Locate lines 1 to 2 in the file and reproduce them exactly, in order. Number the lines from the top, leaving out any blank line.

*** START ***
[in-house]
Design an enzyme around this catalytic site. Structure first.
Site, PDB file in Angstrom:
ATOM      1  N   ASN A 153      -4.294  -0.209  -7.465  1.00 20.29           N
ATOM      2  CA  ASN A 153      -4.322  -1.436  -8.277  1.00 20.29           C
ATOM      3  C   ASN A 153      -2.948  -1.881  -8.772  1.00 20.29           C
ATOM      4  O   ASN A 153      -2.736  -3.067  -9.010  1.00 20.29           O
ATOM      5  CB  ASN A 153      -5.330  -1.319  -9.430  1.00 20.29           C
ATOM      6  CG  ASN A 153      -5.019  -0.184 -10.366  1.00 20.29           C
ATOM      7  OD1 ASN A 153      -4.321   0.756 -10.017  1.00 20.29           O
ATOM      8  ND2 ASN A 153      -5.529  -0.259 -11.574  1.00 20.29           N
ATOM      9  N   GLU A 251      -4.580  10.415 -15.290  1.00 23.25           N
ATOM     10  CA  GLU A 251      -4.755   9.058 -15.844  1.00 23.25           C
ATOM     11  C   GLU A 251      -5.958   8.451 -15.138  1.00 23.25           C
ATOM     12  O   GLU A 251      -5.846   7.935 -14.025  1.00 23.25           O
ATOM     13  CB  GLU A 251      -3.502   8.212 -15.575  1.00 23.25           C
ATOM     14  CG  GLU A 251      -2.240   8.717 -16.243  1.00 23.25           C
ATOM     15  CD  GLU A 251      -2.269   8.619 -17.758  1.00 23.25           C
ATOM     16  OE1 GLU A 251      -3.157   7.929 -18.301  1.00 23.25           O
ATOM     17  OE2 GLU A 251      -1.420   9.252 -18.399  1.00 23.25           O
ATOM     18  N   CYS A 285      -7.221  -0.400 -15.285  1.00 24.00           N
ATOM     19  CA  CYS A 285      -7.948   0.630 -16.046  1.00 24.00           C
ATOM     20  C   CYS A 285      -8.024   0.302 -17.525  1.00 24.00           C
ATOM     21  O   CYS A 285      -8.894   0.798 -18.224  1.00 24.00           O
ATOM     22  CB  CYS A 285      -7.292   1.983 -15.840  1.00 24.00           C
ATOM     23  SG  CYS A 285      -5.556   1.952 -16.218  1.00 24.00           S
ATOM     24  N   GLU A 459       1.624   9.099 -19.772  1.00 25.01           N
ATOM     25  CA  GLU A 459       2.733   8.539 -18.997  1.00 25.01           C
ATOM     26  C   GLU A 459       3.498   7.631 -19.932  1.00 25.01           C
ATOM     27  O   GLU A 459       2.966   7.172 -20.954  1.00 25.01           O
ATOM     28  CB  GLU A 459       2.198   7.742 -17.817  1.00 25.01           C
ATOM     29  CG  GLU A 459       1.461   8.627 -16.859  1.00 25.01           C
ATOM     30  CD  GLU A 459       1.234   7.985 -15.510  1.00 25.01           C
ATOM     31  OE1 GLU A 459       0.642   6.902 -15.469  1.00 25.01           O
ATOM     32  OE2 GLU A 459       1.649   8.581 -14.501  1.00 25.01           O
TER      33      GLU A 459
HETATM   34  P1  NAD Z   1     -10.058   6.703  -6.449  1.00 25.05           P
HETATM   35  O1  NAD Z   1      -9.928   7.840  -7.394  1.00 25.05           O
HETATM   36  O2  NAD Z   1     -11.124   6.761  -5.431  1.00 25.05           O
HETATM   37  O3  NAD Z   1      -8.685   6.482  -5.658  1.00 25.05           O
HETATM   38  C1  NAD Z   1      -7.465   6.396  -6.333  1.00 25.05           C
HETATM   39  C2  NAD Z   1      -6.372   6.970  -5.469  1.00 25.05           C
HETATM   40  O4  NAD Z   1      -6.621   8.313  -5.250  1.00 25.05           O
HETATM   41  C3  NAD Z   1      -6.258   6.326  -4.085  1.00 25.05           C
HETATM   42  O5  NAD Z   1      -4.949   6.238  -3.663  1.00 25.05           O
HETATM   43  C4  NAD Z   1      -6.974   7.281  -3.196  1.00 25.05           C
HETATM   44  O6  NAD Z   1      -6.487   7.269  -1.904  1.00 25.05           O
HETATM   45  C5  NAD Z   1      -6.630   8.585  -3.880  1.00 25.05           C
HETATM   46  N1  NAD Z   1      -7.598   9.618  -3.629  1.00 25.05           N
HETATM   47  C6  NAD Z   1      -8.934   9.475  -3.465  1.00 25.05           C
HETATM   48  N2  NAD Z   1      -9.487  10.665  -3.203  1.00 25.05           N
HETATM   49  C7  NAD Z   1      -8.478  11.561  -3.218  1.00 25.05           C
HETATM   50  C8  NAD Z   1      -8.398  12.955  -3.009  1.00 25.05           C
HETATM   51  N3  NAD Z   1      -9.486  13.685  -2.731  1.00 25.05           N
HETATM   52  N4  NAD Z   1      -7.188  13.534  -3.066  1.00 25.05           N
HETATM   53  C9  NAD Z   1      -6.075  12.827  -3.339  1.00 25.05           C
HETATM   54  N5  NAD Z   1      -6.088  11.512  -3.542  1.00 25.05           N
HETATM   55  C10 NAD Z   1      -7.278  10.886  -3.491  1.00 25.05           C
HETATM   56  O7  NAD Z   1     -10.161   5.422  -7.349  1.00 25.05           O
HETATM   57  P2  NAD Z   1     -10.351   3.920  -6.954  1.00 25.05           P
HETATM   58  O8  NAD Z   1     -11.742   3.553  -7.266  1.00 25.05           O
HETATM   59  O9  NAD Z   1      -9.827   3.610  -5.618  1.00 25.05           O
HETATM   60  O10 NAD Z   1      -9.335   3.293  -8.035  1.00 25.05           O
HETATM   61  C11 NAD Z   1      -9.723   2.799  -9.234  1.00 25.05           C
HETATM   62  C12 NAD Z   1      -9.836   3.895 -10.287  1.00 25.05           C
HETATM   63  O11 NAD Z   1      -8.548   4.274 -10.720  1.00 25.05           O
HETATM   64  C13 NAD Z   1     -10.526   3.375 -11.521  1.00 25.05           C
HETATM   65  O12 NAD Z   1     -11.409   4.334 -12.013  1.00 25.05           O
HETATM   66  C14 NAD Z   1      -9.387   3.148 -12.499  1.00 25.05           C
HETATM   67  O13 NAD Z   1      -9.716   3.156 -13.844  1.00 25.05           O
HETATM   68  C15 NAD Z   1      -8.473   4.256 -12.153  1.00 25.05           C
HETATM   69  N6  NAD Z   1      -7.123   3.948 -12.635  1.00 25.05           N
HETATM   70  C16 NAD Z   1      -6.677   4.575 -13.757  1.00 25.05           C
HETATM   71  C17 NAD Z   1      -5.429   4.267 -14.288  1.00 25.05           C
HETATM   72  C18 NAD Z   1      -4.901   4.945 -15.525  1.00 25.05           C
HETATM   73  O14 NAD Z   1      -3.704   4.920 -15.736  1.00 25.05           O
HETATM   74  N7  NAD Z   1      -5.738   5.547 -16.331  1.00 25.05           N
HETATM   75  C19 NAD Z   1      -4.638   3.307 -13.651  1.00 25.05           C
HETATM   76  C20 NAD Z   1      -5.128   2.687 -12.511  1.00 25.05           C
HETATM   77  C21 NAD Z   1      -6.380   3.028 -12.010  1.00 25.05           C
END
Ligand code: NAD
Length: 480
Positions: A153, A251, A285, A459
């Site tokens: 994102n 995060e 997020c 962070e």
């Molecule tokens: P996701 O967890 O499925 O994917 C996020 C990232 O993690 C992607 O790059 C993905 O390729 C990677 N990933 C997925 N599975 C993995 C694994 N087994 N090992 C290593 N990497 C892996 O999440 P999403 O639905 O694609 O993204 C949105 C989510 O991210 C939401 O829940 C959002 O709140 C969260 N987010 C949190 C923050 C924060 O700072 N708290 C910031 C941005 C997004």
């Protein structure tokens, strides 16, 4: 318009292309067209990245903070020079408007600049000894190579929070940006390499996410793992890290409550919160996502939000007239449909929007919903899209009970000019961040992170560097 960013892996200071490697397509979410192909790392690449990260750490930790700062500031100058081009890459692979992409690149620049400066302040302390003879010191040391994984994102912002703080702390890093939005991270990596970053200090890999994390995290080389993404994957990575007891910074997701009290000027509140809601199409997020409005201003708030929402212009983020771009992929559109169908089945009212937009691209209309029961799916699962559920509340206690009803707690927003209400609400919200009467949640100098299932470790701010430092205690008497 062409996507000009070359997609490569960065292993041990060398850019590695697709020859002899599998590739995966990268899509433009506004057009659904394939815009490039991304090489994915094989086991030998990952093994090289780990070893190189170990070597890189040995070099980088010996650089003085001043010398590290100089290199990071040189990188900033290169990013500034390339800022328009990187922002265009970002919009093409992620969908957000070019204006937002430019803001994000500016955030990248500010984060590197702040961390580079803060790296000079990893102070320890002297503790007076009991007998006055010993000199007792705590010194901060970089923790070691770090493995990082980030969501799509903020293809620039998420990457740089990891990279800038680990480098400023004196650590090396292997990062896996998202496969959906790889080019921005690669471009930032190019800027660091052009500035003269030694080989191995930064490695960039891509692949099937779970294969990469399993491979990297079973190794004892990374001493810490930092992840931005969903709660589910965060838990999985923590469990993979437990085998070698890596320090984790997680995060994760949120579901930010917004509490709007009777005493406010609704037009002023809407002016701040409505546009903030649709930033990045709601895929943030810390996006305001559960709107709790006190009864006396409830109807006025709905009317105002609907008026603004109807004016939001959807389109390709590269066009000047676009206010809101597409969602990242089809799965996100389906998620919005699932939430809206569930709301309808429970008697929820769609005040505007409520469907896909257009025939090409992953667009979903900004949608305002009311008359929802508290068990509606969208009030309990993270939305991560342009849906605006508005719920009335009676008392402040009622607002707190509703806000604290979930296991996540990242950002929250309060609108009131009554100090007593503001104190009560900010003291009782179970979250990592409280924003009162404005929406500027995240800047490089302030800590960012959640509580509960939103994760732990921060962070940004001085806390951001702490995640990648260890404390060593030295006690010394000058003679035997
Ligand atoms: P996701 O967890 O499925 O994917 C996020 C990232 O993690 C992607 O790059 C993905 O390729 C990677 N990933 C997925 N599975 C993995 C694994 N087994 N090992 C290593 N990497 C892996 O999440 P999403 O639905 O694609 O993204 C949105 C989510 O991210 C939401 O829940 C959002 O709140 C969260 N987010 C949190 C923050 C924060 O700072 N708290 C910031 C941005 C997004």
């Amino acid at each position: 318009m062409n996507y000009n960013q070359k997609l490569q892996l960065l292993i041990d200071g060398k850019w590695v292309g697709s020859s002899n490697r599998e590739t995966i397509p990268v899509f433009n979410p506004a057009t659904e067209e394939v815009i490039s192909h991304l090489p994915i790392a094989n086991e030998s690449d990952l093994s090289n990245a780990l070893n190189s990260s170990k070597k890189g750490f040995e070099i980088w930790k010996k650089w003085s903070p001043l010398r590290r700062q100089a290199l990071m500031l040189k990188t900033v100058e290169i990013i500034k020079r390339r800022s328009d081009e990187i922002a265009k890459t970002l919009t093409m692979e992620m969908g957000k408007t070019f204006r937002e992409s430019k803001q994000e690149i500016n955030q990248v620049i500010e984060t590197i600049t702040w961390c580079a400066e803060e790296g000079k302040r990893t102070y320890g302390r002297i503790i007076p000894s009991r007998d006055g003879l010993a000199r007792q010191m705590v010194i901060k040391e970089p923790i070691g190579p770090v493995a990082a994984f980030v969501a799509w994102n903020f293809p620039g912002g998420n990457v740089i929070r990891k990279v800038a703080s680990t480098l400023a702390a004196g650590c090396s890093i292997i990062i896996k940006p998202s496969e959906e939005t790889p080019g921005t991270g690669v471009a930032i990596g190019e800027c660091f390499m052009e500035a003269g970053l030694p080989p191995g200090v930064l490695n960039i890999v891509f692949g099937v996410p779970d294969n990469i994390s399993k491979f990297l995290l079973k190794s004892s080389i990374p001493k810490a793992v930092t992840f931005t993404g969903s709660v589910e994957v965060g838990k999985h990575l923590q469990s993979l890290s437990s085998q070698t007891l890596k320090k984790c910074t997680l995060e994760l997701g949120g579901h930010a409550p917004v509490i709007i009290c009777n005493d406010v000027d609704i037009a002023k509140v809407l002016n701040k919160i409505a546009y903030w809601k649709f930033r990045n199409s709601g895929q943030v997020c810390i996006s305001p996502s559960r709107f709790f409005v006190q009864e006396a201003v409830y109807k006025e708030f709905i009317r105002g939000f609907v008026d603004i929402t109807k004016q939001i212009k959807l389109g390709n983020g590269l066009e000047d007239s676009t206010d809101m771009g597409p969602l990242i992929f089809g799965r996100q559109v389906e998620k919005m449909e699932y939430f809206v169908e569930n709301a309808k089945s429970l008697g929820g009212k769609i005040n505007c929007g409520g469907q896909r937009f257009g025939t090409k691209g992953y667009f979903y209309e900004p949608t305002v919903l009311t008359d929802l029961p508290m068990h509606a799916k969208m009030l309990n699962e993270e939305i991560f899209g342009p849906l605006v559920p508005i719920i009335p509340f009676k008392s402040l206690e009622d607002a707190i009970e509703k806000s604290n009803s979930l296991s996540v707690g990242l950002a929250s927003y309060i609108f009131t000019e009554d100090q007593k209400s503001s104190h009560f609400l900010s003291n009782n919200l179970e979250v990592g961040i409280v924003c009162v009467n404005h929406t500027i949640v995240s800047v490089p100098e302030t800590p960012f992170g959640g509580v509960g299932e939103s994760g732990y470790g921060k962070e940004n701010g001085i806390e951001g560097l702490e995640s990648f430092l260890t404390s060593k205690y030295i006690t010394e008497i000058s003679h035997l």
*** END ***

[in-house]
Design an enzyme around this catalytic site. Structure first.